Pat sighed again. She ran a hand through her hair, tugged at the skin under her eyes. They were good fakes. She liked the way Patricia looked. Probably better than the way she actually did, if she could be honest about that. If she had anyone to be honest about that to. "Ugh." There had to be something she could do, some way out of the funk. She pulled her phone out of her pocket. One of Patricia's little vices was checking the thing too much, but Pat didn't really care for the notifications or news. Not the ones Patricia did, anyways. No, instead she opened up the contacts.
Her heart started to beat a little faster. This was definitely not in the plan. But... Well, who would notice? And even if they did, her fellows would just assume it was what she should be doing, surely. So how else could it get back to the ones in charge? And really, it was for the best. Nipping the funk in the bud before her feelings led to an actual issue was simply prudent. Yes.
Patricia dialed the number of an old friend, and then stared at it. Hopefully it hadn't changed. She took a deep breath, and then—
Pat called her friend.
Her phone started blaring Entry of the Gladiators, despite the best efforts of a pile of blankets to muffle it. Penny nearly jumped out of her skin, then scrambled to get her hands out of her rubber yellow dishwashing gloves without getting her fingers touchscreen-incompatibly wet. Failing in that noble struggle, as ever, she tried to dry her hands on the apron, which didn't work on account of the waterproofing—sort of the whole point—and settled for the back of her shirt. This was it, the big call, it had to be— and she wasn't going to keep that waiting, oh no no no. She hurried from the sink straight over to her bed, and fished her phone out from beneath her nest of blankets mercifully quickly. She yanked that stupid little phone circle thing up a little overdramatically, then yanked the phone up to her ear and rushed out a greeting—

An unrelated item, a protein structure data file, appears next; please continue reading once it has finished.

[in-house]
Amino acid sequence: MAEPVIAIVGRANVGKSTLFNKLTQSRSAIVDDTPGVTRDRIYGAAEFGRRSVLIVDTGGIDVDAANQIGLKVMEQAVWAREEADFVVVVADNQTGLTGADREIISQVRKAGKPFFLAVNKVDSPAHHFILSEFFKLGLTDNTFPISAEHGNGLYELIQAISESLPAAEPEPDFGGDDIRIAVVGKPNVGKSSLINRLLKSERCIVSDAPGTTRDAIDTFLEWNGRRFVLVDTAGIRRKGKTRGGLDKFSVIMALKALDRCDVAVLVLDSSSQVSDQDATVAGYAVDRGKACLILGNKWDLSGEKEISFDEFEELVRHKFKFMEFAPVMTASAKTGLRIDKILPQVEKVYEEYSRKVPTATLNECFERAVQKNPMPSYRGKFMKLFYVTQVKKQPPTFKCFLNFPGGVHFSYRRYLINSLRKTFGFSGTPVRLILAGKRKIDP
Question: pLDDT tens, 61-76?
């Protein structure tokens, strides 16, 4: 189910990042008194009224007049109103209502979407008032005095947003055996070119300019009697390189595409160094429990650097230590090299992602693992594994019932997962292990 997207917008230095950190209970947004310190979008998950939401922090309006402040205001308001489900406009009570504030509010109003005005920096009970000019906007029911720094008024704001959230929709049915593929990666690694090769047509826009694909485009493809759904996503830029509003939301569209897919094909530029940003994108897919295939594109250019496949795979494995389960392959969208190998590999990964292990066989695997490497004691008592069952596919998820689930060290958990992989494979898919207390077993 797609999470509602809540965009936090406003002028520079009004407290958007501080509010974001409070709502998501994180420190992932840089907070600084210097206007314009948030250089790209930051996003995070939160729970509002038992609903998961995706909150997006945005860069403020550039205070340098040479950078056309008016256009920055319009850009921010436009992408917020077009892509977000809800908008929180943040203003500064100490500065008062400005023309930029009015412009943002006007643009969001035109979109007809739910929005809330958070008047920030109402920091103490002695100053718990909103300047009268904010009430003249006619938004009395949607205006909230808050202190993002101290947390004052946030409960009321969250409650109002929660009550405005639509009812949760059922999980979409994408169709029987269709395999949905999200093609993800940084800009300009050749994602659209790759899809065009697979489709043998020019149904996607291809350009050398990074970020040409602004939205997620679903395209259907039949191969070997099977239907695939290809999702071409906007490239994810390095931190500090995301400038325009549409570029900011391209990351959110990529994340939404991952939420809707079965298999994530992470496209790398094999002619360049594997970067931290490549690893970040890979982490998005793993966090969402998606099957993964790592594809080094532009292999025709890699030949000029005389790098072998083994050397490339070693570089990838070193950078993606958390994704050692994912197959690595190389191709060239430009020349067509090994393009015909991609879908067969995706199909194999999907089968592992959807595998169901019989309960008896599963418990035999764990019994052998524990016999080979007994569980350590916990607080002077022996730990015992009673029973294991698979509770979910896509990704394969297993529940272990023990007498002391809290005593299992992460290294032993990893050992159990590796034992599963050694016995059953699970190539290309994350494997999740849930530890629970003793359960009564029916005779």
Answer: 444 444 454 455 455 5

Penny's heart went from racing a little more than was reasonably justifiable in the circumstances to plummeting into her stomach with what felt like even greater velocity. Far from Penny Presto's big call, not even a call for Penelope Pleasant. Here she had thought she was done dealing with this shit. She wasn't even sure how she used to handle it, anymore; she was sure she hadn't actually forgotten it, but it wasn't springing readily to her lips.
"Ah, um, sorry. I think there might be a mistake. Can I ask why you're calling?
The person on the other end apologized briskly, and was pretty clearly about to hang up. But while that would on some level be a relief, it was probably worth delving into. Just in case it was important and not just trying to canvas or run a poll or whatever else ran off of outdated voter registration records.
"No no, please, it's no trouble. I might be able to help, depending on why you're calling. Obviously you don't have to tell me, not trying to pry or anything, but..."
Penny blinked. She fell silent for a solid minute. She didn't have an answer ready for that.
Pat waited another torturous moment for a response, and then finally hung up the phone. Of course it was the wrong number. It couldn't be that common to keep your first cell phone number, all the way from high school. Probably weirder of her to have brought the saved contact along to every new phone, despite no calls in years. But did the lady on the phone really have to have the discourtesy of not just saying it was the wrong number? Or at least hanging up?
Pat took in a deep breath, and let it out slowly, letting all her emotions roll off of her. She was calm, and Patricia was back to normal. No more funk, no more stupid flights of plan-twisting fancy. No more weakness. She would simply deal with it, as she almost always had before.
Then the phone in her hand buzzed, and it was that number calling back. Her heart swelled with excitement, before she prudently subdued it. She didn't know this was the phone being handed back to her old friend, now calling her back. And when she answered "Oh, hello,", the same woman's voice revealed it wasn't. But that was fine. For the best, really. She would just clean up this little mess and get back to normal.
"I'm very sorry for hanging up. I thought you had, that was my mistake. Oh, you're right, I hadn't introduced myself. I'm Patricia Lewis. Like I said, I was just calling to try and reach a friend, so since I have the wrong number—"
Penny was almost speechless. Almost; she wasn't going to get hung up on again.
"Wait, Patricia? Pattie? What are you doing calling me now of all times?"
How many years had it been? She was being called by a friend who she had hardly been in touch with during high school, much less after it, looking to get back in touch? It was a ridiculous surprise. But a very sweet one. Almost certainly about to go very sour and all, but she'd take a sweet start.
"Oh, uh, sorry. That must have been weird. But it's... I am your friend. From high school, elementary really. I changed my name, and... Well, you can probably guess. My name is Penelope, you can call me Penny. And, uh, while I'm dumping major life developments on you, may as well share I'm also a professional clown now!"